Tallie Medel and Norma Kuhling in Fourteen
Tales of dysfunctional/codependent relationships are tough to nail down, which makes writer/director Dan Sallitt’s portrait of two friends even more of a heartbreaking triumph. Over the course of around 10 years, Sallitt follows Mara (Tallie Medel) and Jo (Norma Kuhling)—who have been friends since grade school—as Mara copes with the emotional volatility of Jo’s personality. Sallitt’s directing style tends toward long, sustained takes, which can lead to the deceptive early impression that this story will be chilly and formalistic. But here it allows the characters and performances a chance to shine—both Medel and Kuhling are low-key fantastic—capturing a relationship filled with a weight of decades of history. And Fourteen
nails the dynamic that complicates this friendship: Mara’s frustration that she’s always picking up the pieces of Jo’s messy life, and Jo’s despair that “there’s no thing that happened” in her past to offer an easy explanation for her mental-health rollercoaster. Parceling out information with patience and delicacy, Sallitt builds a remarkable portrait of how it feels to care deeply for someone you might not ever be able to “fix.” Available May 29 via UtahFilmCenter.org virtual cinema.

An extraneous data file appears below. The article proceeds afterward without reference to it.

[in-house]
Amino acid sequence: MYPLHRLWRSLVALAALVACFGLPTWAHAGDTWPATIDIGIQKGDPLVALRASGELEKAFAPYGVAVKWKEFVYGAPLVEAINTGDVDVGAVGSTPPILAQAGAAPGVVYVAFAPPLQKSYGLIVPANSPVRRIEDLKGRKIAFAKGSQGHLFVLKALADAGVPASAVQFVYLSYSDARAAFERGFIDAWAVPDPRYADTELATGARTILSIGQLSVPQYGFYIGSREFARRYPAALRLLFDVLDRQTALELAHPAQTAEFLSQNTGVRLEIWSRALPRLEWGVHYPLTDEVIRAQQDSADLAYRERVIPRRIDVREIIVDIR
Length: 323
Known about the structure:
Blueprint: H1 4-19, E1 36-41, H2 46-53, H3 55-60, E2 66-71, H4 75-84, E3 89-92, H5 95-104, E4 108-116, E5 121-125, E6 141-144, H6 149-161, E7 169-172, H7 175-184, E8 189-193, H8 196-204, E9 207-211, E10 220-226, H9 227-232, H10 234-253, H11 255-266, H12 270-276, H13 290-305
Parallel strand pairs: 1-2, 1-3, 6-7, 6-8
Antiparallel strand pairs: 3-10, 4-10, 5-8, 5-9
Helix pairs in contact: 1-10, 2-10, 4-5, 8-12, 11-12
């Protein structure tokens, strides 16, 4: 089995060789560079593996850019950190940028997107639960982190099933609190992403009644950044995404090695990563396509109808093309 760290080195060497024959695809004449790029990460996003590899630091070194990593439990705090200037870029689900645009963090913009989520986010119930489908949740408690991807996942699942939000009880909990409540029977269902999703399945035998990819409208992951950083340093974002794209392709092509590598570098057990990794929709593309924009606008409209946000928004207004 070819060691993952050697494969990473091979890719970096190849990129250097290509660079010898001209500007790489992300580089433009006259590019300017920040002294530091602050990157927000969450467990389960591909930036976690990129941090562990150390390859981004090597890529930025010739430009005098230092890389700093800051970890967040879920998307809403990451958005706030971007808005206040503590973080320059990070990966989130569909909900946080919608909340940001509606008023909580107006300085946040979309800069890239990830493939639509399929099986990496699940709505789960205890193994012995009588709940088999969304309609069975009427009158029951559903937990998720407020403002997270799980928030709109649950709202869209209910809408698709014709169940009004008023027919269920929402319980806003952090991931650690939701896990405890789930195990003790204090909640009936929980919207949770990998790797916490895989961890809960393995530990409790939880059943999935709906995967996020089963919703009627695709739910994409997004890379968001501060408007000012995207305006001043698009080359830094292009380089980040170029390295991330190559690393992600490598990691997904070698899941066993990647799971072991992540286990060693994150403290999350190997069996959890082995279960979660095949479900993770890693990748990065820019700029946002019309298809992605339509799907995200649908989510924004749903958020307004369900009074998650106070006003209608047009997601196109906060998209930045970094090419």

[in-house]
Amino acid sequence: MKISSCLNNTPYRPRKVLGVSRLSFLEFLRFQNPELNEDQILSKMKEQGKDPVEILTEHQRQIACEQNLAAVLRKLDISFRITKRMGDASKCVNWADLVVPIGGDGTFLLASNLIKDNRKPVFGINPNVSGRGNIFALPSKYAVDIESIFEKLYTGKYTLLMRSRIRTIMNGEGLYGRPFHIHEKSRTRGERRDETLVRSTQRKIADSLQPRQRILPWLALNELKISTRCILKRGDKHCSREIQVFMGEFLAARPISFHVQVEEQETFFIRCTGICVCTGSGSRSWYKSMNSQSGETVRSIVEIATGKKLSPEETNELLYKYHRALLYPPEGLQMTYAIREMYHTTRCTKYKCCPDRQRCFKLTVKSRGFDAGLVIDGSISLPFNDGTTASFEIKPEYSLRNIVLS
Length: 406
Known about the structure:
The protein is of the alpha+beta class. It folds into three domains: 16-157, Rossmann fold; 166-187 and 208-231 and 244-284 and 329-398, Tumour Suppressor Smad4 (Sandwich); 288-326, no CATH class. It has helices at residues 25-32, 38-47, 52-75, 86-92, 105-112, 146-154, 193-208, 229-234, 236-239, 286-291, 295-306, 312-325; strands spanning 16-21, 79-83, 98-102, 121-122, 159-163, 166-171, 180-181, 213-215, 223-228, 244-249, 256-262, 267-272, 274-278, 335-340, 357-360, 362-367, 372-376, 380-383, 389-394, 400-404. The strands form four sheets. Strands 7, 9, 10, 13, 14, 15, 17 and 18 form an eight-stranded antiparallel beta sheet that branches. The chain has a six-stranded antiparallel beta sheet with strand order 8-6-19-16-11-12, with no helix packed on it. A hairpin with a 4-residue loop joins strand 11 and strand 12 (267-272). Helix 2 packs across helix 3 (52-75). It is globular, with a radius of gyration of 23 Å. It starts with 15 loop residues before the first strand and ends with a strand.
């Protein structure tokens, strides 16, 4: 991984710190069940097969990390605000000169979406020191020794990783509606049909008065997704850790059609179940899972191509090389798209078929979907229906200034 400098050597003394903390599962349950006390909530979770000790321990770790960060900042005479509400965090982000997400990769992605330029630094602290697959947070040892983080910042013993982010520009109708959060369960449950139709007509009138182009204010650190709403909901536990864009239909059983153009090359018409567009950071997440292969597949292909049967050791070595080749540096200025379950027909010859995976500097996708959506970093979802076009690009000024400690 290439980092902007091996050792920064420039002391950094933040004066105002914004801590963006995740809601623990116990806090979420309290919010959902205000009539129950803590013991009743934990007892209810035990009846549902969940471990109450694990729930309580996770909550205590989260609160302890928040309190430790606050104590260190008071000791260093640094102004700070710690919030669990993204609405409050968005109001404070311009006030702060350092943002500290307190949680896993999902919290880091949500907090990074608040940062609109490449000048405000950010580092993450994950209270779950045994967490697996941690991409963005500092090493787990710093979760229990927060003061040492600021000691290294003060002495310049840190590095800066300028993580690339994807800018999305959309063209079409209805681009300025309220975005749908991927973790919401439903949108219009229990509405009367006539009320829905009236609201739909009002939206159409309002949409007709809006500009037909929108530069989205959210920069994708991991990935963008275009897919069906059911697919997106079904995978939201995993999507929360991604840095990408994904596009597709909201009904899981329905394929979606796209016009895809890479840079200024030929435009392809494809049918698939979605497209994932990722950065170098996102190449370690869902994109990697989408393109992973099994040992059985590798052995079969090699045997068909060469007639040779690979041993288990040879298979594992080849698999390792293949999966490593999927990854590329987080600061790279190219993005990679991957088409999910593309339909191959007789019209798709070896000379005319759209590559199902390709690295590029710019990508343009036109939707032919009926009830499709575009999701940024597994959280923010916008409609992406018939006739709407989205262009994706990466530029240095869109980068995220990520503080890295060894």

The High Note ***1/2
See feature review
. Available May 29 via VOD.
On the Record ***
Director Kirby Dick has previously explored the topic of sexual assault in the U.S. military (The Invisible War
) and on college campuses (The Hunting Ground
), but still finds disturbing and thought-provoking new issues surrounding the same harrowing subject. Co-directed by Dick’s frequent collaborator Amy Ziering, On the Record
focuses on Drew Dixon, a former successful recording industry executive who, in 2017, went public with allegations of rape and sexual harassment by her one-time boss, Def Jam founder Russell Simmons, in addition to allegations of sexual misconduct by successful music producer L.A. Reid. The filmmakers allow Dixon to tell her story on camera, while also observing as she awaits the fallout from telling that story to the New York Times
. And the film is unique in addressing the particular framework for this #MeToo story: a woman of color, accusing a powerful black man, stirring up issues of the way black women accusers—like Anita Hill—have been treated in the past, and a culture within African-Americans of not wanting to perpetuate stereotypes about sexually aggressive black men. While Dixon’s personal tale is harrowing, it becomes even more infuriating to think about structures that keep women of color silent because, as one interview subject notes, “who we decide to listen to is totally predicated on who we decide has value.” Available May 27 on HBOMax.